This morning’s rumor mill may have proven that the PGA Tour is resting on a more delicate balance than we’d all like to pretend. Brooks Koepka’s departure surprised absolutely nobody — he can’t stay away from beating Bryson for that long, and he also gave the shadiest and vaguest possible responses to questions about LIV in the U.S. Open pressers — but the rumors of Collin Morikawa defecting, which he has since vehemently denied, caused a bit of a panic in the golf world.
Morikawa is not going anywhere, as he said in a tweet this morning, reiterating that he is “here to stay” with the PGA Tour and that “nothing has changed,” and everyone in the PGA breathed a sigh of relief.
To have the quote-unquote “villains” of the PGA defect is nothing if not expected. We hear Phil Mickelson is going, or Brooks and Bryson, Patrick Reed, even Ian Poulter, and we shrug our shoulders, nod our heads, say it makes sense. But to have a 25-year-old up-and-coming star who is just beginning to make his mark on the majors defect, to have the fourth-ranked golfer in the world and the supposed new face of the sport leave? That would represent an enormous jump on a teetering see-saw, a paper cut torn open to reveal a massive bleed — a turning point in the sport.
And it didn’t happen. But the freak-out this morning showed everyone just how precarious and fragile this self-christened PGA elitism and good-guy status really is.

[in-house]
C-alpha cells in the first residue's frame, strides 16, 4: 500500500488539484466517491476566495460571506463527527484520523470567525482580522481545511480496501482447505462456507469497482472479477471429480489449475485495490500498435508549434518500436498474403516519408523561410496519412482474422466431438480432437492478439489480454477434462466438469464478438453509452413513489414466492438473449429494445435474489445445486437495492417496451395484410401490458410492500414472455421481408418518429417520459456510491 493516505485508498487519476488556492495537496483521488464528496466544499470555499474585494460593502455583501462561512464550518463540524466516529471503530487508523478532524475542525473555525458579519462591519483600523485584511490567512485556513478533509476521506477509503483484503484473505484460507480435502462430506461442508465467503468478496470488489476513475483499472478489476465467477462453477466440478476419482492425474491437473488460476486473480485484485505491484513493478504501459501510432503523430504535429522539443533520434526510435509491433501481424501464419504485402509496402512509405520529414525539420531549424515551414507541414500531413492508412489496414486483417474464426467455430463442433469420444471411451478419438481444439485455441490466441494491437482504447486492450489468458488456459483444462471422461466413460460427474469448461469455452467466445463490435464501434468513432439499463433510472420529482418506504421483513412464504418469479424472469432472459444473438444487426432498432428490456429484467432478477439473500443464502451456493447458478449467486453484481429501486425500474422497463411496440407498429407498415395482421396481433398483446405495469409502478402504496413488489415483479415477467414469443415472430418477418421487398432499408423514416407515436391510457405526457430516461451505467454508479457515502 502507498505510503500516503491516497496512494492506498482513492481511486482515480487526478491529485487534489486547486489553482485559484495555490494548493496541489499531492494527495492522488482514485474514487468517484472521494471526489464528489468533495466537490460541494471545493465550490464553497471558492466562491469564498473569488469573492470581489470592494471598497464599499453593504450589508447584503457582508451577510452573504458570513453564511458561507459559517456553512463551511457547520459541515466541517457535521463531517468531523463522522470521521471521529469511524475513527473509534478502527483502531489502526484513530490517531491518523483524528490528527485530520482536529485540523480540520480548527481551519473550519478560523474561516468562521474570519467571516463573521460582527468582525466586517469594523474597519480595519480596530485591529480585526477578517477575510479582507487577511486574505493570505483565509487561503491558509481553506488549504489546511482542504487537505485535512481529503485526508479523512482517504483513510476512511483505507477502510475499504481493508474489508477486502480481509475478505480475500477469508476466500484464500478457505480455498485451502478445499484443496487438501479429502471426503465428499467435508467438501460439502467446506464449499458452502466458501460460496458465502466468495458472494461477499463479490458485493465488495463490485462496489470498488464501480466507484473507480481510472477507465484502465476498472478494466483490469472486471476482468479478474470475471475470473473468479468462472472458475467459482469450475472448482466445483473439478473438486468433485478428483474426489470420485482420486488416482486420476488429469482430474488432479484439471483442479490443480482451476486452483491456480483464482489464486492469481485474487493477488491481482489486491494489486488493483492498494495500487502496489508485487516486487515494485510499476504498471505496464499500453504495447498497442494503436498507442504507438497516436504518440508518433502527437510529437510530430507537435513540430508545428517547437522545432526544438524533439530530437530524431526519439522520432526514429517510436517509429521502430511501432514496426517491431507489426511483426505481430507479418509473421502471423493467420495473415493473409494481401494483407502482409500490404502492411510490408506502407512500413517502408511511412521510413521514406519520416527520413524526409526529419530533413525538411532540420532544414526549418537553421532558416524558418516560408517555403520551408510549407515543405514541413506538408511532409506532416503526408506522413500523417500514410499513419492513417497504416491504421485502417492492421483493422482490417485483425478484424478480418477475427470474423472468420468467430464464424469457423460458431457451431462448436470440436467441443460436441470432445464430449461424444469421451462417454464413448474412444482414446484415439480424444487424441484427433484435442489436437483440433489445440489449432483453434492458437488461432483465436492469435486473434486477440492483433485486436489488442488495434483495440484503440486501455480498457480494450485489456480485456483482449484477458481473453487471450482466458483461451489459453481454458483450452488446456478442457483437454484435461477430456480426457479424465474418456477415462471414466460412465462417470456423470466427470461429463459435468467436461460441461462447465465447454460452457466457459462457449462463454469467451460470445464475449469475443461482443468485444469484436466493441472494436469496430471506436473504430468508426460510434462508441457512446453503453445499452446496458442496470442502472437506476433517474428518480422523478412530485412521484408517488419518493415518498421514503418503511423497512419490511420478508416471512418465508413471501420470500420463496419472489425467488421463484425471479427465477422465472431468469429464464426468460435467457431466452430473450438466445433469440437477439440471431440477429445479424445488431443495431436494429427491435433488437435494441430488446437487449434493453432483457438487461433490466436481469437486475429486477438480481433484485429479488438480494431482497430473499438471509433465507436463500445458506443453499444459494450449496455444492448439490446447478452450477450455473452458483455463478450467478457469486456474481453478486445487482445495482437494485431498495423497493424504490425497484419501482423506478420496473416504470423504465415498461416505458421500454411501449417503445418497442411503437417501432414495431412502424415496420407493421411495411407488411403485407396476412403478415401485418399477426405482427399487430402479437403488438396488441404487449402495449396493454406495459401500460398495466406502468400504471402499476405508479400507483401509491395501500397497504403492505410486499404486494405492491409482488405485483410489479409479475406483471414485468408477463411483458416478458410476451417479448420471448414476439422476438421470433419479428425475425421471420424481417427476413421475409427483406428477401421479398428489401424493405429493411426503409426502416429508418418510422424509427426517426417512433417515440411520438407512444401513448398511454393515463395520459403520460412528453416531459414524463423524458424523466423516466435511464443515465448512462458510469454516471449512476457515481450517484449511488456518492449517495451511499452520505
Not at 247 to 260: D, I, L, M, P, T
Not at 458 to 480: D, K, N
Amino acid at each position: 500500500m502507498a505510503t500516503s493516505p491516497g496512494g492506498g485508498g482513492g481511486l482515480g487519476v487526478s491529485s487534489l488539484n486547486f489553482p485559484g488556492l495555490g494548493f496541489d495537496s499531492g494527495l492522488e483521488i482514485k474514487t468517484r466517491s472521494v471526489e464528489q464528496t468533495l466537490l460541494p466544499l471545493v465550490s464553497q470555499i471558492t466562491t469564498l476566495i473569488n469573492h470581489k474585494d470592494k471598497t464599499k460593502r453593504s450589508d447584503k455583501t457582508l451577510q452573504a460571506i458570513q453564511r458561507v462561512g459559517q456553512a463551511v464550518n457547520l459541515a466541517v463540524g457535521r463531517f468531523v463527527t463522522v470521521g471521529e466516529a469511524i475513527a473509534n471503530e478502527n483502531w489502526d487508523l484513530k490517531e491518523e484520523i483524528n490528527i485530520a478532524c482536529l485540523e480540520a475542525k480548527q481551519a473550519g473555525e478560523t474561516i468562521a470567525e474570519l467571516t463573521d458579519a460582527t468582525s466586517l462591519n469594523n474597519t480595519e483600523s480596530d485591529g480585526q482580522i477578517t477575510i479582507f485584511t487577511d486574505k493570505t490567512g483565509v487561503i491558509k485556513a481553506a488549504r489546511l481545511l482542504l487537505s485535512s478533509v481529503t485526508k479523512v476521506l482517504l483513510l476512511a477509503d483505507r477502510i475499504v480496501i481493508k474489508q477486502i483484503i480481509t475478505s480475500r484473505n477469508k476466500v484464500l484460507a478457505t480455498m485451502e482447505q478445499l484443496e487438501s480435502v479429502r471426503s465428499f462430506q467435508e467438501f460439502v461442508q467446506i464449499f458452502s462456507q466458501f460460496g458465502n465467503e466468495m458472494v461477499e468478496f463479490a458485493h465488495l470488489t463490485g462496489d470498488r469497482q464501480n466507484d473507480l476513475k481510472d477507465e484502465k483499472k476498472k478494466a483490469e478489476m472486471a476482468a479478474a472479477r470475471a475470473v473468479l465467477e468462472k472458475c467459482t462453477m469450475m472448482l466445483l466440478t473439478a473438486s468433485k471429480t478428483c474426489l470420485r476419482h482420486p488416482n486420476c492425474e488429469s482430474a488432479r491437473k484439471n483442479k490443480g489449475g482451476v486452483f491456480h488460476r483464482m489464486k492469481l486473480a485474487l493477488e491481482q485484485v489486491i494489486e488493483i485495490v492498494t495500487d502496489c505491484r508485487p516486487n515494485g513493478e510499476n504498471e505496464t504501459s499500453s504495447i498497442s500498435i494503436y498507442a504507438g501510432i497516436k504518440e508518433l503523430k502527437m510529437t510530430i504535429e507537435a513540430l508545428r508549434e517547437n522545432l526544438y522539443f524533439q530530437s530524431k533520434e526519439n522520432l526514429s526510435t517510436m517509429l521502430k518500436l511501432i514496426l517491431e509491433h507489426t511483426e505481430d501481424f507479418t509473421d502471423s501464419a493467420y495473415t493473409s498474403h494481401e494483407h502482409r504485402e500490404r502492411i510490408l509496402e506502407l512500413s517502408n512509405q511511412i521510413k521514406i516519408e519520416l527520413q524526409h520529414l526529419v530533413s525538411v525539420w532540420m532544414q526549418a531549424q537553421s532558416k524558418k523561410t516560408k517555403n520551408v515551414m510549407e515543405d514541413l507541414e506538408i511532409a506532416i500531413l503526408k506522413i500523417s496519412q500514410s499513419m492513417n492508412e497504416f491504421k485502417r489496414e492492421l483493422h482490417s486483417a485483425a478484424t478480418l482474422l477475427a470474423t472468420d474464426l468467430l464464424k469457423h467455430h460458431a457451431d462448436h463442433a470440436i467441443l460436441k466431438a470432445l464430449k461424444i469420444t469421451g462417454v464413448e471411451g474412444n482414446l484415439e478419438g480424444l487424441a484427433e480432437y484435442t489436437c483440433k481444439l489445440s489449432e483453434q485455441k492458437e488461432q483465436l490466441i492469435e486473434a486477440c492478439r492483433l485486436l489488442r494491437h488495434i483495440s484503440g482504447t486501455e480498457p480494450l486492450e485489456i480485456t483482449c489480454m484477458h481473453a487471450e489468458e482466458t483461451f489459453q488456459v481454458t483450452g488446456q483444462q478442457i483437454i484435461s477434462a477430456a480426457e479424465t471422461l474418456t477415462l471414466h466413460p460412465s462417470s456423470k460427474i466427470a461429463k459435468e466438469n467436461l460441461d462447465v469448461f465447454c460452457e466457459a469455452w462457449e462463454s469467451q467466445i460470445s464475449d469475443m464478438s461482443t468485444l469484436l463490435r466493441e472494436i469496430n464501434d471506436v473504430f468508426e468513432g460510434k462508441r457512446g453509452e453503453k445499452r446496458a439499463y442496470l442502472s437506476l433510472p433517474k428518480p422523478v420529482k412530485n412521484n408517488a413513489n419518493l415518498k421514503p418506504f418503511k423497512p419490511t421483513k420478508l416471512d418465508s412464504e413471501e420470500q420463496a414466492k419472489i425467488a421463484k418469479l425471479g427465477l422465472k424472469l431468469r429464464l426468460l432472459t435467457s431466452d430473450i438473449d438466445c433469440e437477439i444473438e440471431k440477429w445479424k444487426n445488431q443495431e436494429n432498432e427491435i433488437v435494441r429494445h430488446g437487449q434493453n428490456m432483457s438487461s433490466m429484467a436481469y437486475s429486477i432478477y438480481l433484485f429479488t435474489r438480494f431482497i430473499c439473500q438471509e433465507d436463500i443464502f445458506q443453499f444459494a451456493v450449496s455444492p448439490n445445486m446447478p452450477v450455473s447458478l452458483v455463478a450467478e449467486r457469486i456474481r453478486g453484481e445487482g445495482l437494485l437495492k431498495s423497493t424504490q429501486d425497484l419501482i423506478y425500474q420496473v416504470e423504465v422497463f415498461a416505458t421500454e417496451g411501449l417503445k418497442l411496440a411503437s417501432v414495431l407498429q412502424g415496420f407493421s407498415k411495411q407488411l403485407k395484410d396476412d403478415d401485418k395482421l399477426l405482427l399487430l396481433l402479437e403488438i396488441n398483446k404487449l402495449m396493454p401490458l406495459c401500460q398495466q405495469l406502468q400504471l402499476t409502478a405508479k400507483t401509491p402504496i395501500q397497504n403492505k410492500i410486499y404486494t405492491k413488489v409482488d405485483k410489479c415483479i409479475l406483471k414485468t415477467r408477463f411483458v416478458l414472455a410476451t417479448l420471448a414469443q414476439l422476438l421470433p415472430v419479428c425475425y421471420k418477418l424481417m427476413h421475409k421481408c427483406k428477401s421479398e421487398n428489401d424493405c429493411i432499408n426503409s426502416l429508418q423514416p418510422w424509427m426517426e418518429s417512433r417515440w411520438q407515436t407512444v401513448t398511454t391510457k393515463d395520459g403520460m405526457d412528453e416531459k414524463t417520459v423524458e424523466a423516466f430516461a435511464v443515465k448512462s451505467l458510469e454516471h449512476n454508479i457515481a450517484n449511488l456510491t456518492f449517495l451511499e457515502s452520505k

The LIV golfers had an unimpressive showing at the U.S. Open this weekend. Only four of 15 made the cut, and the group failed to make much of a statement. But the Morikawa rumor being true would have changed things. Whether LIV executives leaked it, or someone misheard a rumor, or it was completely made up, the panic was very real. Morikawa is a young Rory, a younger Tiger, a household name with a very bright future ahead of him after two major championships under his belt in the past two years. A name like that can’t be brushed off as preparing for retirement like Lefty and Dustin Johnson, can’t be excused by the “of course he wants the money” line like Brooks and Bryson.
But he didn’t leave. And it would be silly to ask “what if” if that wasn’t such a relevant question at the moment. Would it just take one Morikawa-type figure to start the PGA Tour bleed in earnest? A Scottie Scheffler, a Will Zalatoris? We may not know the answer until someone actually makes the leap, but given this morning’s reactions to mere rumors, the PGA situation does not feel particularly solid.
A new tour schedule
Golf Digest reported today that, in order to be more competitive with LIV’s format and financial opportunities, the PGA Tour would be making some changes as soon as the fall of 2023, including a series of eight limited-field no-cut events for the top 50 finishers of the last season. The purses for these top-50 tourneys will reportedly be $20 million or more — a number more reflective of the LIV purses, but perhaps a discouraging factor to golfers outside the top 50 in such a concrete divide. After all the talk about the different and better format of PGA Tour events, too, a copycat-style series feels like a bizarre move to make here, but perhaps one that they feel is necessary to retain talent.
PGA Tour commissioner Jay Monahan is expected to give a press conference on Wednesday.